“We feel men have a value and contribution to make if they believe that this is the right thing to do, we need to have a conversation that is inclusive, we don’t want to create barriers between us and them,” she said.
Brown also said she was impressed by the work being done by the fellows in their countries, and she encouraged them to do their part to ensure a better life for everyone in their communities, especially women, saying the fact that they were selected to be part of the fellowship is testament to their capabilities.
She reminded the young African leaders that their being in the U.S. is not by chance, adding that being part of the fellowship means they have an opportunity and an obligation to make connections that will strengthen their voices, as well as their organizational work and that it is now up to them to live up to the expectations.
“You are here because you are doing things that impact your communities positively, you did not just roll out of your beds and end up here. You all know that to whom much is given, much is expected, so a free ride over here means an opportunity to do something over there,” she said.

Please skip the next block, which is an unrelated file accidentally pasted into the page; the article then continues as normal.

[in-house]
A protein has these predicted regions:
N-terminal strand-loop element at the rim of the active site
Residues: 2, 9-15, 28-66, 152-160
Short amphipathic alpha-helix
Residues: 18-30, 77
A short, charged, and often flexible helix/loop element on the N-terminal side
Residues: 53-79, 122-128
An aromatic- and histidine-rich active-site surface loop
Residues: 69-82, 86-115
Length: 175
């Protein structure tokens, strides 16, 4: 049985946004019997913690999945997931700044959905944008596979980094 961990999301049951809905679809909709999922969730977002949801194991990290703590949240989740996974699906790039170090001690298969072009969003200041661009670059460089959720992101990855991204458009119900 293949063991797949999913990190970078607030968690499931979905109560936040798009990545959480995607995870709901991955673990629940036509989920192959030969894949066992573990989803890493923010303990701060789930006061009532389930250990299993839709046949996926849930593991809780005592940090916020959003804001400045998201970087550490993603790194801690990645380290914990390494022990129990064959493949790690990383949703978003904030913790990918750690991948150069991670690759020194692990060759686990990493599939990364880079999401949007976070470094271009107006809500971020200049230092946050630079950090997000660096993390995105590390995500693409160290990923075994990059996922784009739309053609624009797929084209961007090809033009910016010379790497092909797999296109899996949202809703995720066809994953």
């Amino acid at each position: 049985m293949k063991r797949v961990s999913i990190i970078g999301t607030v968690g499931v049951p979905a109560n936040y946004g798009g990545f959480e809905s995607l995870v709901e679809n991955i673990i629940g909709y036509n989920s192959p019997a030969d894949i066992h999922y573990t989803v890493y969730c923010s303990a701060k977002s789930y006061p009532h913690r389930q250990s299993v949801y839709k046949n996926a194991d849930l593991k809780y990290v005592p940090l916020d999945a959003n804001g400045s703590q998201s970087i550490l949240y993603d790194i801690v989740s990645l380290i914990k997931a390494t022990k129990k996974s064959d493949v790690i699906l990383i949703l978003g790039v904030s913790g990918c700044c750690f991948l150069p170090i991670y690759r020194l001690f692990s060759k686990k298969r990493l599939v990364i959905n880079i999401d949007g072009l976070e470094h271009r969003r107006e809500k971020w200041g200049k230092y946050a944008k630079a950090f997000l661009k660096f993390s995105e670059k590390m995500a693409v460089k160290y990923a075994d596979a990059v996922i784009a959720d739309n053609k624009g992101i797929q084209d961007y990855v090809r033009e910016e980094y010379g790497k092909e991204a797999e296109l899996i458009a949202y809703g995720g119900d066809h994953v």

Daphnee Fleurant, associate director and human resources business partner at Merck, spoke about access to opportunities for women and people of color in general, saying access to opportunities for minority groups still remains a problem in the U.S.
“We do not have equal access to opportunities, and it is not because we do not have enough talented black people or women,” she said. “It’s due to the way things are structured.”
She said significant strides are being made to ensure that everyone has equal access to opportunities, and she strongly urged minorities to grab opportunities and not feel like they are being given opportunities on a silver platter due to any affirmative action schemes.
“So when people say you only got this opportunity because you tick all the boxes, that is their perception, but understand that you have the talent and skill and you are now just being given the same opportunity,” she said. “Do not let other people’s perception stop you from taking an opportunity to prove yourself, because everybody else that has reached that level is there because they had the opportunity, and you are just being given that opportunity.”